Bulgaria: Hopes amid Crises

By Morpurgo, Horatio | Contemporary Review, July 1997 | Go to article overview

Bulgaria: Hopes amid Crises


Morpurgo, Horatio, Contemporary Review


Editor's note: Bulgaria is arguably the least known country in Europe. We begin this month a two-part session on Bulgaria. The first by Horatio Morpurgo reports on the hopes of Bulgaria at the time of their election in April; the second article by Thomas Land will look at the effect of news pipelines on the Bulgarian economy.

The flat I borrowed for Bulgaria's election week was on one of Sofia's vast Soviet-built housing projects. Its kitchen looked out over a windswept 'play area' on which stray dogs hung about when children weren't playing riotous games of feral football back and forth across it. More tower blocks beyond, then a motorway-flyover, then more tower blocks. A large advertisement for Philips Electronics had recently taken up a commanding position nearby. It was intended no doubt to catch the eye of visitors being driven in from the airport on the motorway, but it also addresses the wintry concrete landscape around it. 'Let's Make Things Better' it reads, and with triumph for the Union of Democratic Forces at the April 19 elections, the country does finally seem to have broken with its post-communist hesitations. I spent the week before polling day talking to various figures, prominent and not so prominent, about their work in the present crisis and what sort of place a more normal Bulgaria might be.

At his clinic I met Dr Ilya Vatev, an Associate Professor of Medicine and the first doctor here, in 1988, to successfully carry out an In Vitro Fertilisation (IVF). Currently heading the IVF and Embryo Transfer Unit, he listens attentively, is courteous and animated in his response. We begin with his practice. 'The doctors on this programme are doing their work here free of charge at the moment,' he explains. 'The state has no money and the income from our patients has to be spent on insuring the machines. You can't run an infertility clinic on boxes of chocolates and the gratitude of your patients of course,' he smiles, 'but that is what we're doing here. No choice.'

His clinic's success-rate is comparable with those in Western Europe, its price-list with those in Indonesia. Such are the times. Vater unlocks the cast iron outer door protecting his laboratory - 'Too many things have gone missing', he mutters - iron doors like this one have been fitted all over the medical faculty since 1989 as organised crime began to menace every aspect of life here.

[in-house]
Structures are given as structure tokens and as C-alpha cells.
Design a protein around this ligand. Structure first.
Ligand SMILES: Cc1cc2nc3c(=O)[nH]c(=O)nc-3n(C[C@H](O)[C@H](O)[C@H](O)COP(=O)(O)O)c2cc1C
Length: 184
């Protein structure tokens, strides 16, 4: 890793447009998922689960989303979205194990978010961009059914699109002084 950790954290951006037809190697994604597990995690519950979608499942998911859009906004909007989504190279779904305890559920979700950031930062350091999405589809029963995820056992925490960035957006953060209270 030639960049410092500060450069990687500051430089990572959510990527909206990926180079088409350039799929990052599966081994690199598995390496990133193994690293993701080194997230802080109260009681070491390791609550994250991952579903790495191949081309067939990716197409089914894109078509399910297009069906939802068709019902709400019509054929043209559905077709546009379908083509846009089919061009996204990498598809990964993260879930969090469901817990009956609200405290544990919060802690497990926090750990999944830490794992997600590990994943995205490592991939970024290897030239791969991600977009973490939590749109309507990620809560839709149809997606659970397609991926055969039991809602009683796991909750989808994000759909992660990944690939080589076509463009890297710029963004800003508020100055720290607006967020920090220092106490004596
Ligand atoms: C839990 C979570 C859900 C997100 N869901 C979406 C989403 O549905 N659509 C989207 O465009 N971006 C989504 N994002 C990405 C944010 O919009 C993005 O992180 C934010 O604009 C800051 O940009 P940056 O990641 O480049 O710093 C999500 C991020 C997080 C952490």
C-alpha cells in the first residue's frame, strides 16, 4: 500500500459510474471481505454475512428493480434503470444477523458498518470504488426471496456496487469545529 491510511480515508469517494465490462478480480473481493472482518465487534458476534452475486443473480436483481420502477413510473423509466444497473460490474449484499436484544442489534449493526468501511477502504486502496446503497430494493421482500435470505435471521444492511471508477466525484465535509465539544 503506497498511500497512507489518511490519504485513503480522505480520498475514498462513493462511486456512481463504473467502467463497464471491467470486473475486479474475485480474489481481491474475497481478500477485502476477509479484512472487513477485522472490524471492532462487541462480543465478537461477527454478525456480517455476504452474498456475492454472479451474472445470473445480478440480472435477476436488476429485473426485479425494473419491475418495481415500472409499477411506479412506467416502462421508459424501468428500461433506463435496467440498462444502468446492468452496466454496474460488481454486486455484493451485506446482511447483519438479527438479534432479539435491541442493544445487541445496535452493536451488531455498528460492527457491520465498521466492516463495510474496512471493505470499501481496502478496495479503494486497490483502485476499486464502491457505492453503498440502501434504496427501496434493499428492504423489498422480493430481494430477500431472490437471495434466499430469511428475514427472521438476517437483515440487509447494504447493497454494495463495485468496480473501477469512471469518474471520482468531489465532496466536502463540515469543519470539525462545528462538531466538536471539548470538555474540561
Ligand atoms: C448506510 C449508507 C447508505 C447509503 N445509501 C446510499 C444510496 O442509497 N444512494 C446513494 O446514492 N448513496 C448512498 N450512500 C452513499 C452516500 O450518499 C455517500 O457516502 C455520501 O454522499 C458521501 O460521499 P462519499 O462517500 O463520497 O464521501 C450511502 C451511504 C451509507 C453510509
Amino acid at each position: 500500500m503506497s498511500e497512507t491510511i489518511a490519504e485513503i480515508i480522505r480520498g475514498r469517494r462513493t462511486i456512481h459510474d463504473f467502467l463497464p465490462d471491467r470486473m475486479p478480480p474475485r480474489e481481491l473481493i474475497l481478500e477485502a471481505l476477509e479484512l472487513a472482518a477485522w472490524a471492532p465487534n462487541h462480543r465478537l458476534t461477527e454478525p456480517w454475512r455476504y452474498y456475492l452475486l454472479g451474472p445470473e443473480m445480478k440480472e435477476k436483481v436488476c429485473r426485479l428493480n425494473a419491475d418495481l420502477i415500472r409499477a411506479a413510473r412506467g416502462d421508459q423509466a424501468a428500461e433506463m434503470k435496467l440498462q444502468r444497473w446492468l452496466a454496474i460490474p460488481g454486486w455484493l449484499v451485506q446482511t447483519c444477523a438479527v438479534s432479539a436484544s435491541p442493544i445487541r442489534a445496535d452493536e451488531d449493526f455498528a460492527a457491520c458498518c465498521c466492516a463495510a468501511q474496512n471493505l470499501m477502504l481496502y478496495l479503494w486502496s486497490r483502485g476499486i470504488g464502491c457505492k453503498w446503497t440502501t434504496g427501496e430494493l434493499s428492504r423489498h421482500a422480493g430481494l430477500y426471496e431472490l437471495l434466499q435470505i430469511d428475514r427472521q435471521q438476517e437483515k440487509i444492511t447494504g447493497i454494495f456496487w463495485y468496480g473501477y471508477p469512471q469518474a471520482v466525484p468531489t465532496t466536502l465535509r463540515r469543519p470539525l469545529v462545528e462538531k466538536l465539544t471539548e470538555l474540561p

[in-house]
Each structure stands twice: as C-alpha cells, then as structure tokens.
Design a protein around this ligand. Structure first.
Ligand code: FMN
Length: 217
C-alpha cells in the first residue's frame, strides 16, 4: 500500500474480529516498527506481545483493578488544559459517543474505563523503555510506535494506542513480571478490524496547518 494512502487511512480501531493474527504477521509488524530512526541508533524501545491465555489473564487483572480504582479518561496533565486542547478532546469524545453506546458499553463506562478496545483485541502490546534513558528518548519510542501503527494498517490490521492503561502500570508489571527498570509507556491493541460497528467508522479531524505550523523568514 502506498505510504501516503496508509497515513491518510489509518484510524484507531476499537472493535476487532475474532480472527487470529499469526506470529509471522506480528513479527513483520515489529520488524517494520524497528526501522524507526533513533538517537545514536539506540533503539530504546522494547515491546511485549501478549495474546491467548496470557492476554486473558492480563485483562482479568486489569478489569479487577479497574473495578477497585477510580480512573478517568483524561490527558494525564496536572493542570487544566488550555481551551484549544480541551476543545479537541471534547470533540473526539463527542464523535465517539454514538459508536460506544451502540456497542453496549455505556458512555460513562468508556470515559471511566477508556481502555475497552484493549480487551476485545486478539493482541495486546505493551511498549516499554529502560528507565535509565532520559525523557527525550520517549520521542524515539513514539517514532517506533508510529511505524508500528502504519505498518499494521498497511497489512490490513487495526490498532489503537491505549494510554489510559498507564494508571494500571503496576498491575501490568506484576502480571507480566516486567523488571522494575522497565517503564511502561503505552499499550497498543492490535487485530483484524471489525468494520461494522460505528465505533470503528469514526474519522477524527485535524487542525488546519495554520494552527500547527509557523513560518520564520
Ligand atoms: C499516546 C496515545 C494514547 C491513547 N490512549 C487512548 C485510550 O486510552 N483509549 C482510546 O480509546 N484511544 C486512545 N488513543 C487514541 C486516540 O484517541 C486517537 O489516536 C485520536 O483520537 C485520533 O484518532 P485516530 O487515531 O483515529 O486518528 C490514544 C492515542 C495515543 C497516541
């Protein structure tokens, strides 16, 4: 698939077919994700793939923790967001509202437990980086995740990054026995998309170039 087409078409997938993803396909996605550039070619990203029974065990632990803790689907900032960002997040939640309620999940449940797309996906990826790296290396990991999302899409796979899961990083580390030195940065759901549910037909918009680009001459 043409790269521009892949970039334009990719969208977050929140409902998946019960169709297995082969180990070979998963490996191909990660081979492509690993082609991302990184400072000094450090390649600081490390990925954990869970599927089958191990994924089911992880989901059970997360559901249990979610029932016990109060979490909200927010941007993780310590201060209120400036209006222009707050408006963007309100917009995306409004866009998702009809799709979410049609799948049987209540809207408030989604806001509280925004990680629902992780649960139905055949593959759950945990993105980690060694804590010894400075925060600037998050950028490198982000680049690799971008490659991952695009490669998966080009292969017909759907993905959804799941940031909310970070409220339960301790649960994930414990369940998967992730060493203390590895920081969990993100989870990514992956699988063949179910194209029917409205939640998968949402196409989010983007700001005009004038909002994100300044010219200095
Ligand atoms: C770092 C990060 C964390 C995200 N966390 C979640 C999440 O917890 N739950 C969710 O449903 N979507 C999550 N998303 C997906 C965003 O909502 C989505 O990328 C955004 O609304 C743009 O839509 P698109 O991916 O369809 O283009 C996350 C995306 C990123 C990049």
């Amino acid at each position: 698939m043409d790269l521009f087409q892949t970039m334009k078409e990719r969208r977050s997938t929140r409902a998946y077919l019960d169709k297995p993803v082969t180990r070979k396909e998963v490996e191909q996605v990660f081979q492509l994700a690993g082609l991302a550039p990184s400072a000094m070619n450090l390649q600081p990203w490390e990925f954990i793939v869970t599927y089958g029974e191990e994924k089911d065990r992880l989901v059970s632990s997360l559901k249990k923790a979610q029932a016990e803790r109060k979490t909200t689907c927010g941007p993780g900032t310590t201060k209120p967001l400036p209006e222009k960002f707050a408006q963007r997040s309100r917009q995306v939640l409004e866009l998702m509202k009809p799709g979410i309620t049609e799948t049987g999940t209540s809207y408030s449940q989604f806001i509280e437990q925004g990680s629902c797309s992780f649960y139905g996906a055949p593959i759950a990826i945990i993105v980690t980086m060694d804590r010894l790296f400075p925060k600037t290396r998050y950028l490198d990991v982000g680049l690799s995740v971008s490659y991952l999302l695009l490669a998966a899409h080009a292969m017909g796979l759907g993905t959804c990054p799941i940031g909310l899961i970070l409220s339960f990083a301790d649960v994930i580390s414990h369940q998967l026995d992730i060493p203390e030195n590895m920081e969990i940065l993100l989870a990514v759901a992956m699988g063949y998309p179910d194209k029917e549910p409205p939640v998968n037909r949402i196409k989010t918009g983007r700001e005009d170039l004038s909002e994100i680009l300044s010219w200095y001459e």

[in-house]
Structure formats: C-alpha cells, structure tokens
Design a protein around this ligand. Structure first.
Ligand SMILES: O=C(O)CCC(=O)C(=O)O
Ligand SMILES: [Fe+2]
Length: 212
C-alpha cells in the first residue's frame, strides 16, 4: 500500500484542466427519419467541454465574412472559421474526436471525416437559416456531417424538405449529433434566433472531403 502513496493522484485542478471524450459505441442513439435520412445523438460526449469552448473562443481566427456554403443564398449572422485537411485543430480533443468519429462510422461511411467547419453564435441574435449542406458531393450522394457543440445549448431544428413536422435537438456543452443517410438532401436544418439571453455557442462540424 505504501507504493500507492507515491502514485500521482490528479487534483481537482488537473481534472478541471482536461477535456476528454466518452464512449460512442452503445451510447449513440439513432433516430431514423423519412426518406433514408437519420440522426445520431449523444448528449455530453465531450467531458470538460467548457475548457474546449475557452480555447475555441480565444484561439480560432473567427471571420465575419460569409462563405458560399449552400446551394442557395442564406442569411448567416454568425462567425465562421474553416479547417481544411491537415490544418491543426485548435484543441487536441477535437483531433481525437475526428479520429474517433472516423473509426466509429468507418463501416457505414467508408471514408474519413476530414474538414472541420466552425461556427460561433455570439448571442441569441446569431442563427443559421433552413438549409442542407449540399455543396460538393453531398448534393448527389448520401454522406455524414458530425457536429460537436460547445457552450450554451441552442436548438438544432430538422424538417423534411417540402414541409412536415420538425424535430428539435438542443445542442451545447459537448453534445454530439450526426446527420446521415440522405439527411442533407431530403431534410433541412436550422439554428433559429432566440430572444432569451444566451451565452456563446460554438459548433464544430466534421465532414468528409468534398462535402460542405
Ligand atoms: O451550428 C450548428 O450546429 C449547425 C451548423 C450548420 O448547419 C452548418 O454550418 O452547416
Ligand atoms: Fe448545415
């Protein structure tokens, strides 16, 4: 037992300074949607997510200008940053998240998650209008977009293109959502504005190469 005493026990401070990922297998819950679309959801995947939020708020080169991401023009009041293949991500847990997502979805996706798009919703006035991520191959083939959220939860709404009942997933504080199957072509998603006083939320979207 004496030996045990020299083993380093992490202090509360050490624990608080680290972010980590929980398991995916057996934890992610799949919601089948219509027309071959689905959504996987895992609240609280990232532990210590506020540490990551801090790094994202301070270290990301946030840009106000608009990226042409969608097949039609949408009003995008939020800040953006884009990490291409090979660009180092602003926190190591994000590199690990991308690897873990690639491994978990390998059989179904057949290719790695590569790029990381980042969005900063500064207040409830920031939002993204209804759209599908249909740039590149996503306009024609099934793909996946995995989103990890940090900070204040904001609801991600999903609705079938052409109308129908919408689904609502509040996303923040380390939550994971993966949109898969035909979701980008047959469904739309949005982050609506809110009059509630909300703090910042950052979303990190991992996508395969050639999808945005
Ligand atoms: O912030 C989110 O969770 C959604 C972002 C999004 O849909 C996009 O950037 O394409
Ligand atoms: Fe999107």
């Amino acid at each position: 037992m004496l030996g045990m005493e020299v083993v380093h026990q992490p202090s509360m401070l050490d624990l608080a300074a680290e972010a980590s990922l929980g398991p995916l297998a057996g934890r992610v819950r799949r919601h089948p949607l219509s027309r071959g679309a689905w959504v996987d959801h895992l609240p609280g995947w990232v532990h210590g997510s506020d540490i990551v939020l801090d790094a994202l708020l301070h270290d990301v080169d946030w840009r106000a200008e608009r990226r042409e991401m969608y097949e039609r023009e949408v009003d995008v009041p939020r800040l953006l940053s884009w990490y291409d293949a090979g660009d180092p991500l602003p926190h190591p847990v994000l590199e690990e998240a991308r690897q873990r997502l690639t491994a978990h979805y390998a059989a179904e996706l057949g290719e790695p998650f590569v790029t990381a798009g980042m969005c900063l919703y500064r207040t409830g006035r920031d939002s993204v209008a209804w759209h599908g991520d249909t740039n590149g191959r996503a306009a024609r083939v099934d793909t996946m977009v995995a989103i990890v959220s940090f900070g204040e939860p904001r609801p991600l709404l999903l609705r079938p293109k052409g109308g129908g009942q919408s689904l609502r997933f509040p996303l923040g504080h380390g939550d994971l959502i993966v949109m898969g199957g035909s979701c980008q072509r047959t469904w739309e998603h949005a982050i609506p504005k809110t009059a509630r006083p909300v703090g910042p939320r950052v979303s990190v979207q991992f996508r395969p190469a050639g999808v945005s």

His laboratory consists of two small rooms into which an impressive array of machines has been crammed: an Apple Mac, the embryo incubator, the ultra-sound machine, a machine for manipulating the micro-instruments . . . each one is explained in turn. Via his 'Open Society Fund' George Szorosz has contributed generously, but the rest Vatev has paid for himself; winning a Swiss prize for his work, participating in European Commission research projects and publishing in foreign journals, medical and, surprisingly, ornithological - in such spare time as he has, Vatev is a wildlife photographer.

A doctor's salary here works out at around $45 per month - relatively high of course, but as we spoke the phone rang and strong language was soon being exchanged. The state telephone company was demanding the equivalent of half his salary to pay last month's fax and telephone bills.

'This is not a normal country', he comments dryly, regaining his poise. Regular contact with colleagues abroad is essential to his work. Via people like Dr. Vatev Bulgaria is still, just, in creative contact with a wider world. The controversy about human cloning, for example, carries on here as elsewhere. Since it would involve technology similar to that used in certain types of IVF, Vatev's experience has been called upon:

'I told them that man is not only a biological being and the influences which go to make up his identity, you can't count them and you certainly can't replicate them.' The idea is not only misguided, he argues, but dangerous too. …

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